Response of Phaseolus vulgaris L. cv. California Dark Red Kidney to 2 different ozone concentration distributions was examined at 2 dose levels in controlled fumigations. When peak ozone concentrations were equal and total doses equivalent, there was no difference in injury, growth, or yield between a simulated ambient distribution with normal diurnal ozone fluctuations and a uniform distribution typical of laboratory fumigation at constant concentration. Plants fumigated with either ambient or uniform ozone distribution had oxidant stipple leaf necrosis and reduced growth and yield. There was significantly increased injury and reduced growth and yield at a high ozone dose for both types of distribution. The data indicate that with equal peak concentration and equivalent total dose, the constant square-wave, ozone concentration distributions in laboratory fumigations are adequate to describe mode of action and magnitude of response to ambient exposures.
effect of different N and K doses applied via drip fertigation on the root distribution of camu-camu plants. The data were analyzed using nondestructive roots images obtained from trenches under the plant canopy. Materials and Methods Our research was
vegetable seedling production: 1) light quality (R/FR ratio) and 2) minimum dose (intensity × duration) requirements to assure the maximum response of rootstock elongation. Incandescent lamps emit light rich in FR (at ≈0.4 to 0.5 R/FR ratio) and are often
Bean plants (Phaseolus vulgaris L. cv. Red Kidney) exposed to ozone with a simulated ambient concentration distribution showed significantly more injury, less growth, and lower yield than those exposed to an equivalent dose of ozone with a uniform concentration distribution. The concentration distribution did not alter the type of biological response of ‘Red Kidney’ beans to ozone, an indication that uniform concentration distribution fumigations are appropriate for investigations of mode of action of pollutants on plants. However, this study suggests that research using a uniform concentration distribution of pollutants may underestimate the magnitude of growth and yield responses to ambient pollutants.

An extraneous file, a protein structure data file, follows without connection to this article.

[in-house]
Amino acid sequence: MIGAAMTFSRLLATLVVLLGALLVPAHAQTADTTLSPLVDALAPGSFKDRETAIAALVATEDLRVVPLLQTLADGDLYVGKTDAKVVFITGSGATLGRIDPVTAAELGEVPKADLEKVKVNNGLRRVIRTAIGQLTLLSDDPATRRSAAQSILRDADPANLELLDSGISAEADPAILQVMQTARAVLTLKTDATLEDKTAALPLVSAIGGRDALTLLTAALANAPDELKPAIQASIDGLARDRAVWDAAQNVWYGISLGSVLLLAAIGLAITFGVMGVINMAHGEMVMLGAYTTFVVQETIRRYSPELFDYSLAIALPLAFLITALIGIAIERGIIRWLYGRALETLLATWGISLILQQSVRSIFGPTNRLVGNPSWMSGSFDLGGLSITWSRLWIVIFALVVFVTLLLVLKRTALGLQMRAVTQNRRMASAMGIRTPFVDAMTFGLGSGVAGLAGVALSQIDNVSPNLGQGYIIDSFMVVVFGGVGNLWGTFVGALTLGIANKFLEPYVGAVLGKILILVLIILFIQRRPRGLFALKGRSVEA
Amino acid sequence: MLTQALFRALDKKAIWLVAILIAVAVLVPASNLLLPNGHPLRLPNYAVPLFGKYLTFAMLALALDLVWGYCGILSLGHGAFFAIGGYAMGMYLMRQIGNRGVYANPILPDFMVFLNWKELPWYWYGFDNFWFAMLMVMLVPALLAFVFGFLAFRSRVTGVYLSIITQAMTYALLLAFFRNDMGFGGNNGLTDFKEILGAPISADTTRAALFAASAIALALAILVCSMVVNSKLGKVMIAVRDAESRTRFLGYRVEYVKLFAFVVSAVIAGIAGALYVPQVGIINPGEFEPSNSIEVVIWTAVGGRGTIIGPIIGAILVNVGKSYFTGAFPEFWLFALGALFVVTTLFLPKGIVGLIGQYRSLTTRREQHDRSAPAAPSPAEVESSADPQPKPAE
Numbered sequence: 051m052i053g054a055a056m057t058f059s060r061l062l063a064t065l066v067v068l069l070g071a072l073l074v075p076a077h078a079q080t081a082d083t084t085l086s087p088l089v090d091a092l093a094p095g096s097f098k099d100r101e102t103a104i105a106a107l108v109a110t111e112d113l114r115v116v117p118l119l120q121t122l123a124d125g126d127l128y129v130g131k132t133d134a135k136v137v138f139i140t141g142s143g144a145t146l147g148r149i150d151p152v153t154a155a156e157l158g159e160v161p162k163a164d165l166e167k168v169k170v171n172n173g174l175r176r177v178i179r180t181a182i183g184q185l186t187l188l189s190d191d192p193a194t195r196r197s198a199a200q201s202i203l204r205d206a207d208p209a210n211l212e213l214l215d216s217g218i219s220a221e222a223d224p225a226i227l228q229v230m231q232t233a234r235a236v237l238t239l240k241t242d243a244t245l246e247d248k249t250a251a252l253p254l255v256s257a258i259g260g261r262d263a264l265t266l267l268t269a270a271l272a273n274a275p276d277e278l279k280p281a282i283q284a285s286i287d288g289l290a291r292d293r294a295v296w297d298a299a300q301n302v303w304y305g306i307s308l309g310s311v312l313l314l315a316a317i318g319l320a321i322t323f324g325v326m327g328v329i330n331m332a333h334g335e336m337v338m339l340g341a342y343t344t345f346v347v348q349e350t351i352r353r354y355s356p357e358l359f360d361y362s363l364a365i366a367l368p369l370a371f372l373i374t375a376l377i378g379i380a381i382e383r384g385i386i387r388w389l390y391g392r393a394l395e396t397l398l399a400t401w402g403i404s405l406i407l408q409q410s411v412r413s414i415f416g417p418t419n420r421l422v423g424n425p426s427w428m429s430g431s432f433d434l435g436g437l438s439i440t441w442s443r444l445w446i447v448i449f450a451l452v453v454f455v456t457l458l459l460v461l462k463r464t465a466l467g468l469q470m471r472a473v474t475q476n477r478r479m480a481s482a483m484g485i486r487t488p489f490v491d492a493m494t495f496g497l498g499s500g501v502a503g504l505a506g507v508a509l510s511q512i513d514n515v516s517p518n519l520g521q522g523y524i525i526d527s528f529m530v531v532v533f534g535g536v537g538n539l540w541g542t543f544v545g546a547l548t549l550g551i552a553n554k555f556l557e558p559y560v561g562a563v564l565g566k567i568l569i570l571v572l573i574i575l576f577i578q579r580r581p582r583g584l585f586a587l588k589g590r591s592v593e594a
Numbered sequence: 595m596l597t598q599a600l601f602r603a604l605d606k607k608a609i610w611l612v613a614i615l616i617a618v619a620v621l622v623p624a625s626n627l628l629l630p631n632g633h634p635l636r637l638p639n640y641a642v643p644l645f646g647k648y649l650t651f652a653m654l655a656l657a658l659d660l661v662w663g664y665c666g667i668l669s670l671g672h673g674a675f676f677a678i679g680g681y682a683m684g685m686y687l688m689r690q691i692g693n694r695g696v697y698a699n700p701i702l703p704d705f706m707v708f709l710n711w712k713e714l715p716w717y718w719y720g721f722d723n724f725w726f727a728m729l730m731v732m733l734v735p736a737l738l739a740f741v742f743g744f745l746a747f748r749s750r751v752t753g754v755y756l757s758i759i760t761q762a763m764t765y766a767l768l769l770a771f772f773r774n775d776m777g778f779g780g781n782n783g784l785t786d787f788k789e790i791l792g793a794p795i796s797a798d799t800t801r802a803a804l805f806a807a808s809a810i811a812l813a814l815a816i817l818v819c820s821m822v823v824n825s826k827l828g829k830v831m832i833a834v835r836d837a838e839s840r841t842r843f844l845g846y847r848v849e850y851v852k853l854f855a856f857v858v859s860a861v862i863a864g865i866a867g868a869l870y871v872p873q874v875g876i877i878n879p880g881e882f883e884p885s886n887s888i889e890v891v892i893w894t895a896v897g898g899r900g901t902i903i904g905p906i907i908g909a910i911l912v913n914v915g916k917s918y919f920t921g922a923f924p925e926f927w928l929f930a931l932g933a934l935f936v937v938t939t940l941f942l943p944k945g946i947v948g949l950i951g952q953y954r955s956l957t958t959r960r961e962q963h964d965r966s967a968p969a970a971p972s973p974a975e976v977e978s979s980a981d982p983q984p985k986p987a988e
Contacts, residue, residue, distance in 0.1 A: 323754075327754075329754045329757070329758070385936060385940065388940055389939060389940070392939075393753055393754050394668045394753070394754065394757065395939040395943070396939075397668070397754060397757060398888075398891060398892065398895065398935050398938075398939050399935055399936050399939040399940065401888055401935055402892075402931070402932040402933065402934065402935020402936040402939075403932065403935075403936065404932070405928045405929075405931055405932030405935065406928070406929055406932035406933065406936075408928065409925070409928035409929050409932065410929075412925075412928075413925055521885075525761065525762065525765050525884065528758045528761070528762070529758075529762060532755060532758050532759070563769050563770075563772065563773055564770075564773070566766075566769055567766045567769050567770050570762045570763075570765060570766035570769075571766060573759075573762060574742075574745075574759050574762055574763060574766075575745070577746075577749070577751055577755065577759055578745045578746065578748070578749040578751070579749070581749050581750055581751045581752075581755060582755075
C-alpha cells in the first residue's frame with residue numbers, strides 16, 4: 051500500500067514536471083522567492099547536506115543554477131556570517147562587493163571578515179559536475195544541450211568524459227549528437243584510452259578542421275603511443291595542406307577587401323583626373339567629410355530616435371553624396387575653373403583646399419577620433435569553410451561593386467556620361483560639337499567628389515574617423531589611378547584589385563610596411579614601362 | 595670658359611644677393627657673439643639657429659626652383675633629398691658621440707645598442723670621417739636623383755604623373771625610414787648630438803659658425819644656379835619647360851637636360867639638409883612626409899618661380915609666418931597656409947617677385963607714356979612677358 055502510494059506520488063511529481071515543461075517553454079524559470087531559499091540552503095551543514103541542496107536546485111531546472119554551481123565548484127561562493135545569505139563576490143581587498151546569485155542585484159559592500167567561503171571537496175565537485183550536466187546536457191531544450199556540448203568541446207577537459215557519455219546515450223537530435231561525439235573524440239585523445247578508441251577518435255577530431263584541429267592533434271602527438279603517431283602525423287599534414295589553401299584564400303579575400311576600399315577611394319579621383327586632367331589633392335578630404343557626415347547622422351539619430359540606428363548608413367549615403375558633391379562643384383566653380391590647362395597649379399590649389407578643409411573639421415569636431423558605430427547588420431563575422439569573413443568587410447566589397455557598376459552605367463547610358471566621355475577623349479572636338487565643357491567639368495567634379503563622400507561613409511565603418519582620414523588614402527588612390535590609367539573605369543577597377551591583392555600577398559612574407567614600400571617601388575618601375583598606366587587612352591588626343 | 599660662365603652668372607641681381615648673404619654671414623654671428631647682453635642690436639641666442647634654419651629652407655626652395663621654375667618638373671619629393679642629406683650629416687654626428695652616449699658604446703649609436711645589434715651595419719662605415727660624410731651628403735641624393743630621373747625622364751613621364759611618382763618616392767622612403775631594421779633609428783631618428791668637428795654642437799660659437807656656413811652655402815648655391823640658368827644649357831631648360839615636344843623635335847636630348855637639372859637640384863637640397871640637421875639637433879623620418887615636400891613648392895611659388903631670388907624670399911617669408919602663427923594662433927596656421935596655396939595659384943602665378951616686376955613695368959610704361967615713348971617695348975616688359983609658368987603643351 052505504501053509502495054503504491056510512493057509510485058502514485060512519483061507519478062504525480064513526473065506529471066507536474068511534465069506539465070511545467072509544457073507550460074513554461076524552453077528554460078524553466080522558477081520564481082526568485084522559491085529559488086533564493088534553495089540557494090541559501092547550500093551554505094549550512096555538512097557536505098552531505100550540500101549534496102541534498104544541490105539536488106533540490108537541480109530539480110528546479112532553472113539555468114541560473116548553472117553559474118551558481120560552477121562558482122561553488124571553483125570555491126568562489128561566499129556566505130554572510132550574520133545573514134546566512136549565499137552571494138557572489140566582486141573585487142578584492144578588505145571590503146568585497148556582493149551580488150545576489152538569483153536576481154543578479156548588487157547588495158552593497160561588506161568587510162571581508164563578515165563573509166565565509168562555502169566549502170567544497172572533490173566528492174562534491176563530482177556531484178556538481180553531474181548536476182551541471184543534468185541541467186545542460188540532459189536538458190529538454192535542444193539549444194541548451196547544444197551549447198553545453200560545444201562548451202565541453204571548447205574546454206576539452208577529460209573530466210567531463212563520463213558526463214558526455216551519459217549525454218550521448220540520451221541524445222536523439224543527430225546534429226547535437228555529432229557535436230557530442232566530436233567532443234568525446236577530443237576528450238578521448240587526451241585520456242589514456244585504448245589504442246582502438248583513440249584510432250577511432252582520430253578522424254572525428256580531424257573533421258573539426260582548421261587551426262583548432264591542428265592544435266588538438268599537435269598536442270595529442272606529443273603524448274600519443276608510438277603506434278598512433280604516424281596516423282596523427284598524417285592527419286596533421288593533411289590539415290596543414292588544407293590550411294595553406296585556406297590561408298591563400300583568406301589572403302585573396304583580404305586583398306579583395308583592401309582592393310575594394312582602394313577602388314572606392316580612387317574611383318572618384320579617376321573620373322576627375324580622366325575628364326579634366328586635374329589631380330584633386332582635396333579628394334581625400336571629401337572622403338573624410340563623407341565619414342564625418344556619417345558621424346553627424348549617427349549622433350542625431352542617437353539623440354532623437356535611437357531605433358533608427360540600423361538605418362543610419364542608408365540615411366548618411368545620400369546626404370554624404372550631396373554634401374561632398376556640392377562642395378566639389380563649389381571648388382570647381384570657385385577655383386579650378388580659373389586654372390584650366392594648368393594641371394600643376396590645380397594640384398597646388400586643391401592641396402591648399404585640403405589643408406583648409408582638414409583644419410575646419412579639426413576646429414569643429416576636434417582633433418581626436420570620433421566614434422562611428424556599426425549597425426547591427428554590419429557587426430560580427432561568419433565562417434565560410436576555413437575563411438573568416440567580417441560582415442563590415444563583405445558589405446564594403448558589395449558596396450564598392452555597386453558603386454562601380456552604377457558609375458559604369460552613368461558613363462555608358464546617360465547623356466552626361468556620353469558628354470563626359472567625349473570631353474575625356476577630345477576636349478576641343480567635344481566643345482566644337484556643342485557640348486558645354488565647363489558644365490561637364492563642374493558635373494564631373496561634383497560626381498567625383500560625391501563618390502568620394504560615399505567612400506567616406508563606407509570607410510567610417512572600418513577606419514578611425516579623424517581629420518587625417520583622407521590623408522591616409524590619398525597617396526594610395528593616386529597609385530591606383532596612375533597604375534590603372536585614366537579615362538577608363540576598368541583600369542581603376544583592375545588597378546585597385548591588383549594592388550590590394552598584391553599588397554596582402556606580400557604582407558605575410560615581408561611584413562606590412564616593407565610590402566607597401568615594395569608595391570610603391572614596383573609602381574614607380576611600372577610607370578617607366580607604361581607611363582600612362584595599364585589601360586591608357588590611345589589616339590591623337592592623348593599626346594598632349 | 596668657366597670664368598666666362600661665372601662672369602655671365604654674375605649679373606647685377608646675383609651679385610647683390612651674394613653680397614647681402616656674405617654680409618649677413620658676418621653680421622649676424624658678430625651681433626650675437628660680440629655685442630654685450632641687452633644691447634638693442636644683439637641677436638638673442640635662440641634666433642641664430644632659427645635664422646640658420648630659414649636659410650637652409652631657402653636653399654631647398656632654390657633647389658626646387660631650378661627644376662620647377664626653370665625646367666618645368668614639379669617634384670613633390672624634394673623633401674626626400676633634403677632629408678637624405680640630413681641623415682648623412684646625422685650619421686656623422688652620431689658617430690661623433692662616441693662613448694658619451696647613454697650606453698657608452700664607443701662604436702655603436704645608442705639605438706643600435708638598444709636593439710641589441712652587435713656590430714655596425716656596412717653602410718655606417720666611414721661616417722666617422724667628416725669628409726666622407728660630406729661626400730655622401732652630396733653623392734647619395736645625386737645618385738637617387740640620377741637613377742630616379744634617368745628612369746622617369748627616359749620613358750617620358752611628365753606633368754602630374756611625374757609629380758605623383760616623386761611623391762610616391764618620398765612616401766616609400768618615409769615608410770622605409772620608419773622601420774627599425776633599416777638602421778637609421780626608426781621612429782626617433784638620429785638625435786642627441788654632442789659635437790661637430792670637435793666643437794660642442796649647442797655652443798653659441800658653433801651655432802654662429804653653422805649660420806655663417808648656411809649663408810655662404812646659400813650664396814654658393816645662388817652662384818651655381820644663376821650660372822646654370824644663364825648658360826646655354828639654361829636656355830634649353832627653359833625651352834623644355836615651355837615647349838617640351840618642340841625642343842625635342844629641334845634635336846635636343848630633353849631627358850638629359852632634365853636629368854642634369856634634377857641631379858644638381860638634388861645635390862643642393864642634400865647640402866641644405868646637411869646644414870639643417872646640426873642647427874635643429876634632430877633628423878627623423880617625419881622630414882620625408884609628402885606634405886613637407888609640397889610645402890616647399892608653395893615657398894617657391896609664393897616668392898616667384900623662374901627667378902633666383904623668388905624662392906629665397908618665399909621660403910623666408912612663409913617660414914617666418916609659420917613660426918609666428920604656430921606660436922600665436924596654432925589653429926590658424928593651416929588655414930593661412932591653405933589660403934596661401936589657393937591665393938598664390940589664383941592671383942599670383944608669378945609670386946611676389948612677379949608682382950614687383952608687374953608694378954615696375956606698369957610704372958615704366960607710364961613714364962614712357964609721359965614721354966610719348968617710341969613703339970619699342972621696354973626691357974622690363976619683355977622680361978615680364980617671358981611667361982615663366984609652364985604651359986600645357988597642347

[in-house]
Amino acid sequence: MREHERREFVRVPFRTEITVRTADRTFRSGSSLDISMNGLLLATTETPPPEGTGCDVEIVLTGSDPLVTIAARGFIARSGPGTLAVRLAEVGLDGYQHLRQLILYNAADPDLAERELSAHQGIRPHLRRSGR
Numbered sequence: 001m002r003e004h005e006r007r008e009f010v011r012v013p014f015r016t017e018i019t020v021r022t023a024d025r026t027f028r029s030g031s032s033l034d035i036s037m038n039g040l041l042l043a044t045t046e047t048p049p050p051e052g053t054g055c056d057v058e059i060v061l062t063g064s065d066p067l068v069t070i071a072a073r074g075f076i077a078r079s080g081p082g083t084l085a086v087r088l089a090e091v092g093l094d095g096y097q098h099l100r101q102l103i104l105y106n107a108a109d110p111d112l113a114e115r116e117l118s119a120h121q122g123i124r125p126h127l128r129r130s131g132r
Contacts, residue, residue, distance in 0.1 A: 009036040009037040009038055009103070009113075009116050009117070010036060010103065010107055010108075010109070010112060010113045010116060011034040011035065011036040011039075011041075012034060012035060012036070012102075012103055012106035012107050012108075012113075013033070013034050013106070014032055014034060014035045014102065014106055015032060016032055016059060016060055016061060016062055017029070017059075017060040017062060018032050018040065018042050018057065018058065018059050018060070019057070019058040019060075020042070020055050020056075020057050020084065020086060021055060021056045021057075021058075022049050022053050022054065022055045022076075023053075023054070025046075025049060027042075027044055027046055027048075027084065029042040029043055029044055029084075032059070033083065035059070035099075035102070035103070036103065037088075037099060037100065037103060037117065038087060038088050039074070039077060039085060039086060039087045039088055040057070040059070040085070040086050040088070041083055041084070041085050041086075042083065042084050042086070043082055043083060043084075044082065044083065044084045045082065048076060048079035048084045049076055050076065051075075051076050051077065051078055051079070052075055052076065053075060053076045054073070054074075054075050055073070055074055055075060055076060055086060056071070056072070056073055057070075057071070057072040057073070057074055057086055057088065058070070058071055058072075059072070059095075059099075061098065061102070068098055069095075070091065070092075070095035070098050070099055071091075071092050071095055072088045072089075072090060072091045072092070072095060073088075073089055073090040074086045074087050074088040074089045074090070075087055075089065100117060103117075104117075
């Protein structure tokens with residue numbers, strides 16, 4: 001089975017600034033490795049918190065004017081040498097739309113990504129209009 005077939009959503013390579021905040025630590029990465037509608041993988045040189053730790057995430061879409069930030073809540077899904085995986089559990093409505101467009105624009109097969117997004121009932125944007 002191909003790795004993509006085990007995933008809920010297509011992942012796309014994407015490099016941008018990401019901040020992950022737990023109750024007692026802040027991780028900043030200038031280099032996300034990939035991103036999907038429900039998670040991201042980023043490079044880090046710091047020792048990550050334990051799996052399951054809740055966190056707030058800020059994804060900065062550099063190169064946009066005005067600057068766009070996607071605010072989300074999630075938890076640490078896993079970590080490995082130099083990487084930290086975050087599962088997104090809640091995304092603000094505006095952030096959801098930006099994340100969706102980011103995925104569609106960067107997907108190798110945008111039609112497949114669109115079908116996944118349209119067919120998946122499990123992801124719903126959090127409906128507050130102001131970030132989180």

the uptake, distribution, and accumulation of Si in different organs of young olive plants, paying attention to the influence of the dose, the method of application (foliar or soil), and the cultivar. Material and Methods Plant material and
Pollen tube growth of ‘Tilton’ apricot (Prunus armeniaca L.) was reduced by exposure to SO2. An empirical model, based on modified spline functions, described the decrease in pollen tube growth due to increasing dose (hours exposure × concentration of SO2) expressed on logarithmic scale. The response curve, based on this analysis, was “S-shaped” with a decrease from 98.5% pollen tube growth (PTG) for unexposed pollen tubes, based on percent of the style that the longest pollen tubes had grown to 91.6% at ℓ n dose 4.0. These was then a very sharp decrease in PTG to about 45% at ℓn dose 5.7, then a gradual curvilinear response to <1% PTG at the maximum ℓn dose of 7.7. There data strongly indicate that there is a threshold response to SO2 with respect to PTG. Response of ‘Van’ PTG in ‘Napoleon’ sweet cherry (P.avium L.) styles was similar to apricot, but not as definitive because of greater within year variation and differences between years. In one year (1979), a spline function model of PTG in cherry suggested a threshold value at about ℓn dose of 2.1, while in another year (1978), there was a nearly linear decrease in PTG with increasing ℓn dose.
respective salinity levels ranging from 0.9 to 6.5 dS·m –1 ( Table 1 ). Table 1. The emitter combinations for a near-continuous gradient dosing (NCGD) system with eight treatments and the electrical conductivity (EC) of irrigation solution from emitters
al., 1997 ). The Food and Drug Administration (FDA) has approved ionizing radiation dose of up to 1.0 kGy for general fresh fruits and vegetables to control insects and to extend shelf life ( FDA, 2009 ; Olson, 1998 ). Low-dose ionizing irradiation
-Lake et al., 2005a ; Denny and Thornton, 1940 ; Duncan, 1999 ; Prange et al., 1998 ). The effect is dose-dependent, i.e., darkening increases as the concentration rises with saturation of the effect in the range of 1 to 10 μL·L −1 depending on cultivar
, it was hypothesized that a nonionic surfactant applied directly to turfgrass seed would enhance germination and subsequent plant establishment. This hypothesis was tested by applying a low-dose application of surfactant, within a film coating